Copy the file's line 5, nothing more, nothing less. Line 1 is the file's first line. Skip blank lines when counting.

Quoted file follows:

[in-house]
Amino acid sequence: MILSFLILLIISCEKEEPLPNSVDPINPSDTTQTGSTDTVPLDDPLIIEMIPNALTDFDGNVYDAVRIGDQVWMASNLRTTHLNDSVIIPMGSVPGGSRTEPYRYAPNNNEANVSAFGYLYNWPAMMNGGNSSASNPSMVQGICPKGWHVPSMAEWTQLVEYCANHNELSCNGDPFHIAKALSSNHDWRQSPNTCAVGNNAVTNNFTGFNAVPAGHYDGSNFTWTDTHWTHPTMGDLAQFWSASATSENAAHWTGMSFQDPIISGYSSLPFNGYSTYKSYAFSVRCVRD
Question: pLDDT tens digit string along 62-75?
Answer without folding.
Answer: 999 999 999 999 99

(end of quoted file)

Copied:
Answer: 999 999 999 999 99